Pakistan's year-long political crisis has come to an end with a landmark agreement between the ruling party and the opposition over controversial constitutional amendments introduced by President Pervez Musharraf. The agreement forces Mr. Musharraf to step down as the nation's military chief.
The deal comes following a year of negotiations and debate between the pro-Musharraf ruling party and the leading opposition alliance of religious groups, known as the Mutahidda Majlis-e Amal, or MMA.
In exchange for the president's promise to quit his military post, the MMA has agreed to support a series of constitutional changes that give sweeping powers to the office of the president.
President Musharraf, who took power in a 1999 coup, introduced the constitutional changes just before holding national elections in October 2002.
However, the opposition refused to recognize the amendments unless they are approved in the legislature by a two-thirds majority, as called for in the constitution. That approval is now considered likely, in light of Wednesday's agreement.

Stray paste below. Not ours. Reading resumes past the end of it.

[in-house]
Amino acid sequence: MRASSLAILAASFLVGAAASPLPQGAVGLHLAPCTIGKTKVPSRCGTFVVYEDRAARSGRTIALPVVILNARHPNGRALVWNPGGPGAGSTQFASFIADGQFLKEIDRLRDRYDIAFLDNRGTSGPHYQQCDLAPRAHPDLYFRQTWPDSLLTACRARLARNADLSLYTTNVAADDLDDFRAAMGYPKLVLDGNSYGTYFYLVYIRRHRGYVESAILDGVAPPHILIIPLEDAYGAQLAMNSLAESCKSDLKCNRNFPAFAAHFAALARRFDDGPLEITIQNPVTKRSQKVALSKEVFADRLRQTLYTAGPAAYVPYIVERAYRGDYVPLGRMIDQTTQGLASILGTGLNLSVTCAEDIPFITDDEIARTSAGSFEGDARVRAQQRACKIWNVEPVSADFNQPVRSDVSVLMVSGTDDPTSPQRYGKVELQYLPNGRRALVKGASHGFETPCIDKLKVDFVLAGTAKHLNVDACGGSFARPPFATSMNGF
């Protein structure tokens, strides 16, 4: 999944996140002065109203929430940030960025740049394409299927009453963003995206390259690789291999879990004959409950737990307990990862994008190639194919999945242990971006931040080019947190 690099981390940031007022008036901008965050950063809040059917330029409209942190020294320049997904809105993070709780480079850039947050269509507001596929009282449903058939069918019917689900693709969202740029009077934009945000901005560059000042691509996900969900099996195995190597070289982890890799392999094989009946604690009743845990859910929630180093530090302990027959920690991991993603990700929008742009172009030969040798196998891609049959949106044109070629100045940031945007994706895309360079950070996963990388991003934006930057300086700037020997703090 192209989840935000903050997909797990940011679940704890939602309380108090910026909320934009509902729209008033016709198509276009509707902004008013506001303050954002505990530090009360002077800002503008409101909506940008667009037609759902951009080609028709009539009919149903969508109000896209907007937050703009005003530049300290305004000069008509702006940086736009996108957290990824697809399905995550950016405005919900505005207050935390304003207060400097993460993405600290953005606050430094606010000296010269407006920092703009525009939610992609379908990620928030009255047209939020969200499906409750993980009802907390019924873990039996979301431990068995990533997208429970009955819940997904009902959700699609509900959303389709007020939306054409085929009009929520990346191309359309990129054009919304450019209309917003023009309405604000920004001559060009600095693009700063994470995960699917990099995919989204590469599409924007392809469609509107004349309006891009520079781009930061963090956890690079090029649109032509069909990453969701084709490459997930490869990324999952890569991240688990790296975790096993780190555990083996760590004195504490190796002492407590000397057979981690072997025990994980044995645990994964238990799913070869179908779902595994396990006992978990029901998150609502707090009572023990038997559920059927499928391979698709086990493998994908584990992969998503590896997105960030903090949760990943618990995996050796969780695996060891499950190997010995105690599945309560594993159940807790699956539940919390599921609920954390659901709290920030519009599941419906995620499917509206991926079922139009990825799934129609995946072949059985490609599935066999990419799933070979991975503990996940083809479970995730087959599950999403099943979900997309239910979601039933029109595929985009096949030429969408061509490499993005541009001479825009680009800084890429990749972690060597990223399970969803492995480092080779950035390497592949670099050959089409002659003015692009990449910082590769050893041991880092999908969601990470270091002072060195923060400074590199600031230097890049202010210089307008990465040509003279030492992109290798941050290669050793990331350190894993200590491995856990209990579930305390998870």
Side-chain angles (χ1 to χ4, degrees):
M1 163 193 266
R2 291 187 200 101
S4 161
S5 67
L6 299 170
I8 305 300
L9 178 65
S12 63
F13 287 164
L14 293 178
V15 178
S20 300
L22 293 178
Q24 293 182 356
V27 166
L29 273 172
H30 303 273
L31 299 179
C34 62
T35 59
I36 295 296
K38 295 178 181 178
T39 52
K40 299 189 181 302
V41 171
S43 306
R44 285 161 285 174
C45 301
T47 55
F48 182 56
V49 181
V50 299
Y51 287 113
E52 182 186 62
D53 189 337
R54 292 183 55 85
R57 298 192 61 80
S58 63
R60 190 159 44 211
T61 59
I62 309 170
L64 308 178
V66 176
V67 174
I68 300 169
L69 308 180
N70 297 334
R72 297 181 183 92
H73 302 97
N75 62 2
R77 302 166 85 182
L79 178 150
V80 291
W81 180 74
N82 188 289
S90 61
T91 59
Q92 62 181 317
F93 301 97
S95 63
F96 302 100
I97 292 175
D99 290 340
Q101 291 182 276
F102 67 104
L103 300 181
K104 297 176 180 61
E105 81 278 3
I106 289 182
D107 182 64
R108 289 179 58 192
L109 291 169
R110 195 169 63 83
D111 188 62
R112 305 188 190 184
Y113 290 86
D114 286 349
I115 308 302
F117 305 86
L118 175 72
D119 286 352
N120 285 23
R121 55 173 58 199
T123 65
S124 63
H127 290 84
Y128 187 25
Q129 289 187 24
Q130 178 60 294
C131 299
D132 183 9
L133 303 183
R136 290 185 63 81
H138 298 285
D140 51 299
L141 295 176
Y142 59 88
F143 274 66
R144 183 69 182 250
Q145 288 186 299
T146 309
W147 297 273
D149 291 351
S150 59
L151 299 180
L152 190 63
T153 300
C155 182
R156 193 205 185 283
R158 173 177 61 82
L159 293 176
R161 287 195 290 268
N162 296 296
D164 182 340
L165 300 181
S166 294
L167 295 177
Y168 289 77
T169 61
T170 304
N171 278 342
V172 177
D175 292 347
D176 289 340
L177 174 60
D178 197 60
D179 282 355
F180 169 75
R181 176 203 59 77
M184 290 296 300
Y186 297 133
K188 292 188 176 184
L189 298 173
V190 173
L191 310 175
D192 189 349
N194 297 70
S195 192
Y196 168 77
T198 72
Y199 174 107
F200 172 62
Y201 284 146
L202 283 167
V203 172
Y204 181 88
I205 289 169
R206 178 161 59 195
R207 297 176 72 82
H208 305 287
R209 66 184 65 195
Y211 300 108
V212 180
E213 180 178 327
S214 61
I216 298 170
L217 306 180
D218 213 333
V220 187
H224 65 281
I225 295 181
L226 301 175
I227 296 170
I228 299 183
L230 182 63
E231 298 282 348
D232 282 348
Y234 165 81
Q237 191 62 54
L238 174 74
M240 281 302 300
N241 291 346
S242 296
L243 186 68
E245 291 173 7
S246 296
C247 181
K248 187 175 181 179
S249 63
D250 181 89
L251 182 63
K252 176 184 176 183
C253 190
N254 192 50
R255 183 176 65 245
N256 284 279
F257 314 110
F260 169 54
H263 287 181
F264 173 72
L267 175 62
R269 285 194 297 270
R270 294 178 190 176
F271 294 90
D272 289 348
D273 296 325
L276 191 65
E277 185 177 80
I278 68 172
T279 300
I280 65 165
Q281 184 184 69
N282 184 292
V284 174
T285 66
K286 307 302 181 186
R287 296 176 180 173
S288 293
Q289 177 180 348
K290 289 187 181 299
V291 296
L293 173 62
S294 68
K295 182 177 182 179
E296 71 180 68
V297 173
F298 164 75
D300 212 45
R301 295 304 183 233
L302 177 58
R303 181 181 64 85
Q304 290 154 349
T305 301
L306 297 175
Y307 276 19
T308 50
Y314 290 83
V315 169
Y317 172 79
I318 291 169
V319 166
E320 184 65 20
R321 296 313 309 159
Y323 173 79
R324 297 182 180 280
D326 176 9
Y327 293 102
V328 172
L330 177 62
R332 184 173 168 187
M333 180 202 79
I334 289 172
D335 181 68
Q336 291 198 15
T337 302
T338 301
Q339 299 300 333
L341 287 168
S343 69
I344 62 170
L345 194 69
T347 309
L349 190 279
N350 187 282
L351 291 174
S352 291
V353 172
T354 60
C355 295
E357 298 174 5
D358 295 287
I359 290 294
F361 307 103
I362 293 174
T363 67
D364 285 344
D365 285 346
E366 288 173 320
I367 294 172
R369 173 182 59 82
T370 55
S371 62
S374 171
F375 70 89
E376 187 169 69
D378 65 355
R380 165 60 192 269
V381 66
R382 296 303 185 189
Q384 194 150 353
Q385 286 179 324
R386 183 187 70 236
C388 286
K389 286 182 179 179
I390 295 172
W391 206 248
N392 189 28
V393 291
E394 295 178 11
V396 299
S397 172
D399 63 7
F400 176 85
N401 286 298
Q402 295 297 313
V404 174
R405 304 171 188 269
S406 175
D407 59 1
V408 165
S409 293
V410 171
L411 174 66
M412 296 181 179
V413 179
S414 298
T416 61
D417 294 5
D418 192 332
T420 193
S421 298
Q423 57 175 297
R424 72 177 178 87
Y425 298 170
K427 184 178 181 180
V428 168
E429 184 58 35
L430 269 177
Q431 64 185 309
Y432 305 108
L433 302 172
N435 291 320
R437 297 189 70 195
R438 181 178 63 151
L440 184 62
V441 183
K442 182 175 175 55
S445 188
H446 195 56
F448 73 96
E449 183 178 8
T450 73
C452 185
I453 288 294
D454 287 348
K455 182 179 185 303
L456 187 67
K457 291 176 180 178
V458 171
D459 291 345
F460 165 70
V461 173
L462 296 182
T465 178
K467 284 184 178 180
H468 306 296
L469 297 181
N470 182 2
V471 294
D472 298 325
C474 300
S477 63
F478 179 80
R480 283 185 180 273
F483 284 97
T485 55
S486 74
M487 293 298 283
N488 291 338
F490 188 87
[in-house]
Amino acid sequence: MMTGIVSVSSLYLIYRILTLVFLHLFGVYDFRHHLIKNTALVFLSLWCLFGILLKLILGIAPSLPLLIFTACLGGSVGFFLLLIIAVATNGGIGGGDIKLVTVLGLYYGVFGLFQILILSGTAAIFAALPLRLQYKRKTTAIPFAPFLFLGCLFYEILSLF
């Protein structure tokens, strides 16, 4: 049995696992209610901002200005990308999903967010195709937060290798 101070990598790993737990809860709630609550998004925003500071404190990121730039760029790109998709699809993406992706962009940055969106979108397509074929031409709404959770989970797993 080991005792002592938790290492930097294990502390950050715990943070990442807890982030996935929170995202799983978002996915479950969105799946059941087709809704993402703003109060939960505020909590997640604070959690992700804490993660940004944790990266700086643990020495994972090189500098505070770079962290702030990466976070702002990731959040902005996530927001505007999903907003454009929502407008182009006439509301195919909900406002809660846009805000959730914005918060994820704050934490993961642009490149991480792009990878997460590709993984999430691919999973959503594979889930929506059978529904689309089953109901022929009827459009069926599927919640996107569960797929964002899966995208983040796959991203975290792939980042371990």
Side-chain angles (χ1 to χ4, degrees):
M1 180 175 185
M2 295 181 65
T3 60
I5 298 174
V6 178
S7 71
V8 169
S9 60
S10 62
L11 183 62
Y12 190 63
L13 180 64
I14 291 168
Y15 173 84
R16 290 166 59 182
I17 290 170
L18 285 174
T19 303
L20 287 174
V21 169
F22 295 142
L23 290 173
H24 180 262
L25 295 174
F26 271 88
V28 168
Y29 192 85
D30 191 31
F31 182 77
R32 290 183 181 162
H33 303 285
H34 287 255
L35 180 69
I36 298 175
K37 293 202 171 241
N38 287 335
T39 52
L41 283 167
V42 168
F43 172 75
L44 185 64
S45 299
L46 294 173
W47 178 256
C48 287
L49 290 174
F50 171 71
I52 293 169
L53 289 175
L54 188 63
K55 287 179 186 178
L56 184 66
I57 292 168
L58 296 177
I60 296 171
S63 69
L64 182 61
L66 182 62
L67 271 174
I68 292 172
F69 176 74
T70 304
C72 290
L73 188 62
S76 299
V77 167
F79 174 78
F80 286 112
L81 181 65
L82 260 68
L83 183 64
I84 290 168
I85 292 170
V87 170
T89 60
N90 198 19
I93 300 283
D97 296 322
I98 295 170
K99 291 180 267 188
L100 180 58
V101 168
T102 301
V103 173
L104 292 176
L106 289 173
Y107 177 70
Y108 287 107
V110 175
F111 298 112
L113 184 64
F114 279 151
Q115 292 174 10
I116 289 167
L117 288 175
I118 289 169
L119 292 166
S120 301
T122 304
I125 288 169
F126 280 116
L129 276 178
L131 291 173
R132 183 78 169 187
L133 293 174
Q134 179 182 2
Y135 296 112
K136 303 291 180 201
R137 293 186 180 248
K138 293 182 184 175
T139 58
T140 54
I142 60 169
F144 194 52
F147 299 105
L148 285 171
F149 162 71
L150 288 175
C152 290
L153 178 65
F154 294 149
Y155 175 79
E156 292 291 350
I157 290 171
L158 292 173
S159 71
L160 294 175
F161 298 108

In a televised address to the nation Wednesday following the signing of the deal, President Musharraf said he is stepping down from his command of the military in the best interests of Pakistan. The president said he plans to resign as head of the military at an unspecified date, sometime before December 2004. He said the move is meant to promote Pakistani democracy.
Ruling party members, like Senator S.M. Zafar, are hailing the decision as unprecedented in the nation's history.
Senator Zafar said the deal will end a year of political confrontation between his pro-Musharraf party and the opposition. "All controversies will come to an end," he said. "And a democratic process which was, in a way, not functioning fully will be able to function with its full force."
The deal will give the ruling party enough votes in parliament to pass the constitutional amendments, in a legislative session set for Friday.
As part of the agreement, Mr. Musharraf will also submit to a vote of confidence the coming weeks.
Not every one is pleased with the new arrangement, however. Other opposition parties say the MMA has undermined parliament by signing a deal with the pro-military government.